So Solomon built the temple and finished it. And he built the inside walls of the temple with cedar boards; from the floor of the temple to the ceiling he paneled the inside with wood; and he covered the floor of the temple with planks of cypress.
1 Kings 6:11-15

; likewise the Chinese held both that “when one sacrifices on an open altar, it is considered the worship of heaven, while sacrifice under a roof is considered the worship of imperial ancestors,” while later holding than an “outdoor” Altar could nonetheless be surrounded by building. To this day the Altar of Prayers for Good Harvest is made of Oregon fir. The Christian religion also finds a middle ground here, for while the Sacrifice on Cavalry was of course out-side, its re-presentation (and even pre-presentation) in Lord’s Supper is of course indoors

But being celestial and purely “priestly,” the Chinese Imperial Religion did not have a moral core. The sons of the current dynasty may be elected, as surely as Saul or David or Cyrus were, but there were no Imperial prophets who called for the law to be written on the hearts, or warned that Heaven would scourge Chinese with foreigners in the way Israel was punished. Puyi, the Xuantong Emperor, may have been on worse than King Jeconiah. But the Book of Kings hopefully notes a King of Israel still lives, even if far away. Who looked to the Manchus to return?

The Chinese Imperial Religion, like Judaism, had Kings and Priests. But no prophets.

This strikes me as really important. The Gospel of Matthew is the story of what the Imperial Religion would call the “Mandate of Heaven” passing to Jesus. The relationship of the Son of Heaven and Most High is likewise a feature of the Imperial Religion. But Christianity provided other dimensions to that story, the salvation of souls and bodies, concern for the weak, and spiritual introspection. While Imperial China had similar writings, the Imperial Religion did not. And that four-fold gospel itself depended on the four-fold destruction of the Temple in books like Lamentations and Ezekiel — in the Imperial Religion the overthrow of a dynasty was always the cause of the end of the dynasty, not the stern but love care of God.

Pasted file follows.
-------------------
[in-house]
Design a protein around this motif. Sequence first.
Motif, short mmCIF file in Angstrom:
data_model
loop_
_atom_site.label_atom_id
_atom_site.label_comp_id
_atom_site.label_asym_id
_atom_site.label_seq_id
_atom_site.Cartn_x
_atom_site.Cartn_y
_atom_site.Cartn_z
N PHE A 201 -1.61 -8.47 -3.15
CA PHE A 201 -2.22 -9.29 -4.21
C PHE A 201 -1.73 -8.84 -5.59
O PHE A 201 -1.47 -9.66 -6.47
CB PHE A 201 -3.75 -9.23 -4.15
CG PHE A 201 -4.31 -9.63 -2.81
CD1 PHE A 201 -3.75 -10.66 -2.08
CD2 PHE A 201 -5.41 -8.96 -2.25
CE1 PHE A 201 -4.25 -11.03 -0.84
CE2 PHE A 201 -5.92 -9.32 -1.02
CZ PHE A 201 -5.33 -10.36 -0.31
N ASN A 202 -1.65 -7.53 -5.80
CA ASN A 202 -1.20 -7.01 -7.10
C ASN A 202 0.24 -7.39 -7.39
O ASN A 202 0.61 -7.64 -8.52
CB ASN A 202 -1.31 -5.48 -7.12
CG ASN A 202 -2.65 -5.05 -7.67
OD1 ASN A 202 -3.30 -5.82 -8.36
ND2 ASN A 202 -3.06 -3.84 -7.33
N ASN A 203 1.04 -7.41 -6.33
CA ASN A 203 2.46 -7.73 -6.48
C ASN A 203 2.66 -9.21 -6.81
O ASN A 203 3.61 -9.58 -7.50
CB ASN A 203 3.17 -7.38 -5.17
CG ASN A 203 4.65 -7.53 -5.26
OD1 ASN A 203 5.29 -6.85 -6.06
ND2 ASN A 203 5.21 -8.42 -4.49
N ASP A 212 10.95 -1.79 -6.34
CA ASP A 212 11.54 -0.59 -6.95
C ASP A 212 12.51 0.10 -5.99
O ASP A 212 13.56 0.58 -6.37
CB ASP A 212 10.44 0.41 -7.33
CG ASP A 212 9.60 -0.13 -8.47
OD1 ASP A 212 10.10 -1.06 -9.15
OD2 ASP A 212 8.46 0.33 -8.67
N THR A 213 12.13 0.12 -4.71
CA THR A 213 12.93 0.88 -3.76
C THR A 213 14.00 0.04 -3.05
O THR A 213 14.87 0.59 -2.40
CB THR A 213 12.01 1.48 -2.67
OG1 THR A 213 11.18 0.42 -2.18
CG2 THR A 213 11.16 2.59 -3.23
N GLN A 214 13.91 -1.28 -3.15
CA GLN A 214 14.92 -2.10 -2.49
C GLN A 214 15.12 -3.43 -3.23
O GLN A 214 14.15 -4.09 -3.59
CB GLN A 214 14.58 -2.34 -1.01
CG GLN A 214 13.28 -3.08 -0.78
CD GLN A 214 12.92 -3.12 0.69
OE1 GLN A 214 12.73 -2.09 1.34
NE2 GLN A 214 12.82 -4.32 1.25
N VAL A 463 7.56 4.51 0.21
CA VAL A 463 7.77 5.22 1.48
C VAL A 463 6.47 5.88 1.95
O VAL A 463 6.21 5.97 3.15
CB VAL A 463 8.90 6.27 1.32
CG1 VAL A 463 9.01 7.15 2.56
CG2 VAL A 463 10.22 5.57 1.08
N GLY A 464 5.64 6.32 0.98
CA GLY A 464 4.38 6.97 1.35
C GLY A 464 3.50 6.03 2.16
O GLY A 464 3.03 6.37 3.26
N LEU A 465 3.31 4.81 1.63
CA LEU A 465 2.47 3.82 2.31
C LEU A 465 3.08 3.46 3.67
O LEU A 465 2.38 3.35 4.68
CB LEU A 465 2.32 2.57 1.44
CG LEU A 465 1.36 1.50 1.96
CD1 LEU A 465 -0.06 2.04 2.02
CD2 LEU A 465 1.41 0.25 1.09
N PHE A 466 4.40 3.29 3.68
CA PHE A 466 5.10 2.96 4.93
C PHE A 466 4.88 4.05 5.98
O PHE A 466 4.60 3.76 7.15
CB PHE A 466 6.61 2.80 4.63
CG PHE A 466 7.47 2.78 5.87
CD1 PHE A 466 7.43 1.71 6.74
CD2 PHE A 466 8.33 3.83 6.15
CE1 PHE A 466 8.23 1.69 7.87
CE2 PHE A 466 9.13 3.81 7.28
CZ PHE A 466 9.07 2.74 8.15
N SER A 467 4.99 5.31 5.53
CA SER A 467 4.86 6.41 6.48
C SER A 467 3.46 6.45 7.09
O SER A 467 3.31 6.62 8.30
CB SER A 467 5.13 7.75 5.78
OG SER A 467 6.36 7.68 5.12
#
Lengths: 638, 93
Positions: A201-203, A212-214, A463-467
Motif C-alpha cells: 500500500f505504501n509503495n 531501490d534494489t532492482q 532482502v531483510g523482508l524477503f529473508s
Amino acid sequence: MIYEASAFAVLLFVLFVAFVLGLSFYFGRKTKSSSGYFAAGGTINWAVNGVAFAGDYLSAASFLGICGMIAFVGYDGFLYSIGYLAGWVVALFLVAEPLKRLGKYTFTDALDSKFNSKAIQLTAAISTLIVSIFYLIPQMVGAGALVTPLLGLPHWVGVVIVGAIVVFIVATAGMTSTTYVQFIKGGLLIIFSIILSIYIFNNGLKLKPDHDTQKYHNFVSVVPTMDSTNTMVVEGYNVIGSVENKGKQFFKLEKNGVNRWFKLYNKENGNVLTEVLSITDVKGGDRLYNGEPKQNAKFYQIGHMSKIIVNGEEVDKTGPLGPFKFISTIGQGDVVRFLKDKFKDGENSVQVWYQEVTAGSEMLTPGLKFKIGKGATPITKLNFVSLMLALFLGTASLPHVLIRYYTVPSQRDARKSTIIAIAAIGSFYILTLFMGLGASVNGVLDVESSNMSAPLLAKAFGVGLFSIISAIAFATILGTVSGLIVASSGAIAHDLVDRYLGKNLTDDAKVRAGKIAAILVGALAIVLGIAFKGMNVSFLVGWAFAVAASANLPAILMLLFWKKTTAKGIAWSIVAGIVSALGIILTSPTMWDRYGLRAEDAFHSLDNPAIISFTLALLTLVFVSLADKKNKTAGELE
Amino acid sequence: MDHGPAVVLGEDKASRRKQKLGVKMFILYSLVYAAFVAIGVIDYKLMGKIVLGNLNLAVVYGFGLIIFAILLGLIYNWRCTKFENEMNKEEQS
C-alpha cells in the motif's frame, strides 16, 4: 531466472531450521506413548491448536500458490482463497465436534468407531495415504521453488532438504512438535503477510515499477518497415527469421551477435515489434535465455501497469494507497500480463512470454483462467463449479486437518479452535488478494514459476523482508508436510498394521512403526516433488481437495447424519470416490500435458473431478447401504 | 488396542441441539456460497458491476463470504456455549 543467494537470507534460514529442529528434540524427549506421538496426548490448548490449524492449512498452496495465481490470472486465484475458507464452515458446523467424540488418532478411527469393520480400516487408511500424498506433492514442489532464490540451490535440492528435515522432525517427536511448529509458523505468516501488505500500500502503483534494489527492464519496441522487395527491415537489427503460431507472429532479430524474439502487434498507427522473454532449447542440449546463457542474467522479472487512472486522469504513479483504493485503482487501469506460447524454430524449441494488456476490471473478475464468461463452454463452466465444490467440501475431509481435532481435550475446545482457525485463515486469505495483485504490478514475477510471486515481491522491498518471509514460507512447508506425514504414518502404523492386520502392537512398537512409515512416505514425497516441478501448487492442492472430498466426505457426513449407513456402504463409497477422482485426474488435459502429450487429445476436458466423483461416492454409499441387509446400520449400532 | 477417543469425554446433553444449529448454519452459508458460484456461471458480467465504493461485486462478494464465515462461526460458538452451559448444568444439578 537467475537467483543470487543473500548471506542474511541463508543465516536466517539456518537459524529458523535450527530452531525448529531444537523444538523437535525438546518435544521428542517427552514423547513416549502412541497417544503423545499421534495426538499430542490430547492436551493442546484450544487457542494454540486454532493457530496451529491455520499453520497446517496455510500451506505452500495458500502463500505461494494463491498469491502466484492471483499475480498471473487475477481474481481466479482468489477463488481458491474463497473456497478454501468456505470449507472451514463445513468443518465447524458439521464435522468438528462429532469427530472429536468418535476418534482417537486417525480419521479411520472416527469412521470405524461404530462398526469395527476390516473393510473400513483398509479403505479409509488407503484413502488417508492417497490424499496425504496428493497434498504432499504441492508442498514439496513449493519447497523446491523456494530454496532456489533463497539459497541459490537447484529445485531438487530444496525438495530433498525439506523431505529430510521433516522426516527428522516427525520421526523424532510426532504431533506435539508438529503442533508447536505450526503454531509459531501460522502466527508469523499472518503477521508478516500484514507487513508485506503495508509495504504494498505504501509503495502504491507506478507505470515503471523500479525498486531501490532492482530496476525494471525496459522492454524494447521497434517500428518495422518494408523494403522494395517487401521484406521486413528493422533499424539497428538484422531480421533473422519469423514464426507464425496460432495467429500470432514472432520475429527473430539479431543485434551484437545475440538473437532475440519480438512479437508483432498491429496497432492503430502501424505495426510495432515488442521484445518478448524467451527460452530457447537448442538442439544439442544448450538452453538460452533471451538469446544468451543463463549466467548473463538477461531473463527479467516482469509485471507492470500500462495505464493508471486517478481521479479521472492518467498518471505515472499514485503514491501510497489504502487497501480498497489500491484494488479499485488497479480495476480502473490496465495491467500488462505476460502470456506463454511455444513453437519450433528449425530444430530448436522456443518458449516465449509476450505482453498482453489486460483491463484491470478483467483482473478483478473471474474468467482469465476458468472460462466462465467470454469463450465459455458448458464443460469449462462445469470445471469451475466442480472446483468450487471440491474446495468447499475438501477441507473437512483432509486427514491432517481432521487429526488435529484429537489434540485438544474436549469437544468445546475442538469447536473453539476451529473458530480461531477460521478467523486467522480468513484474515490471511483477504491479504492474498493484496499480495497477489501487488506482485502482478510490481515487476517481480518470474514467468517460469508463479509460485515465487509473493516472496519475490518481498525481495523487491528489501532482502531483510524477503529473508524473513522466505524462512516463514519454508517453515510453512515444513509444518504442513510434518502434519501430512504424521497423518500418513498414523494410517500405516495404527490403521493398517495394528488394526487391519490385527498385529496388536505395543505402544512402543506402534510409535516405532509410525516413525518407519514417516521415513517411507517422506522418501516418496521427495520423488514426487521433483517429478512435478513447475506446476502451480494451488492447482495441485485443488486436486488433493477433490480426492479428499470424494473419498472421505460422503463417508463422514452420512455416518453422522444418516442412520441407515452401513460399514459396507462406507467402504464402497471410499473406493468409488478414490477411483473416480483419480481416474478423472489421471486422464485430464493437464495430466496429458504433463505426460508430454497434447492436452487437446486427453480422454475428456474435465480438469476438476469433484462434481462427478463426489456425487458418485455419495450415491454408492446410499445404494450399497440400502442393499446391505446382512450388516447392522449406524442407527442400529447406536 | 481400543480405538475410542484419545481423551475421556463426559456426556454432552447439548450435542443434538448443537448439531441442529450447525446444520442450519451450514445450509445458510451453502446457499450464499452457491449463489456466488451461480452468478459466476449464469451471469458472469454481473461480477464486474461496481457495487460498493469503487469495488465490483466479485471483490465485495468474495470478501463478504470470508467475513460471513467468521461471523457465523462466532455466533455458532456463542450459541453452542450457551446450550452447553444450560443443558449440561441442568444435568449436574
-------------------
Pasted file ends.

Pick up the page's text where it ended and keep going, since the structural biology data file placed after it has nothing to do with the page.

Or, as I said in my impressions of G.K. Chesterton’s The Everlasting Man:

Chesterton is a Catholic author, but his argument here is effectively secular: before Christianity there were mythologies in the sense of epic stories about the gods, and there were philosophies that provided an outline of the universe and a moral framework, but no mythic philosophy. Plato may have talked about Forms, in other words, while the priests sacrificed to Zeus, but no serious attempt was to combine these concepts. Thus, the New Testament is truly new, the “good news” really is news, because while dictatorship, democracy, art, puns, cosmology, and all the rest reach beyond history, the combinations of the roles of the Priest and the Philosopher have a definite beginning, in first century Palestine

While Judaism approaches this with The Wisdom Books and early rabinnical commentaries, it was not a religion with any Holy Cities, but only Sacred Cities. Meyer makes a distinction between a “Sacred City” intended to house an Altar for sacrifice, and a “Holy City” upon which divine figures trod. Beijing was only a Sacred City, but in Christianity it became a Holy City. Indeed, the life, death, and resurrection of Christ occurred in and around Jerusalem, just as the Imperial Religion sacrifices were made in and around Beijing. But there is even more to it than that.

The Dragons of Tiananmen helped framing my thinking about Beijing. Being both a sacred and planned city it had an architecture unity which was damaged over time. The Temple of the Moon is marked “NOW GONE” in a mark from before the Communist Revolution, and part of the old City Wall was knocked down for a railway line during the last days of the Emperor. In more recent days the widening of Changan Boulevard re-oriented the city along a definite east-west axis, while only recently have the old temples been respected at all. The Beijing that I first fell in love with was itself a Beijing in transition. Most of the hutongs I suspect are now gone. Jerusalem survived the Babylonians, the Persians, the Greeks, the Romans, and the Arabs. Will the city of the Alter of Heaven and quiet neighborhoods survive this long?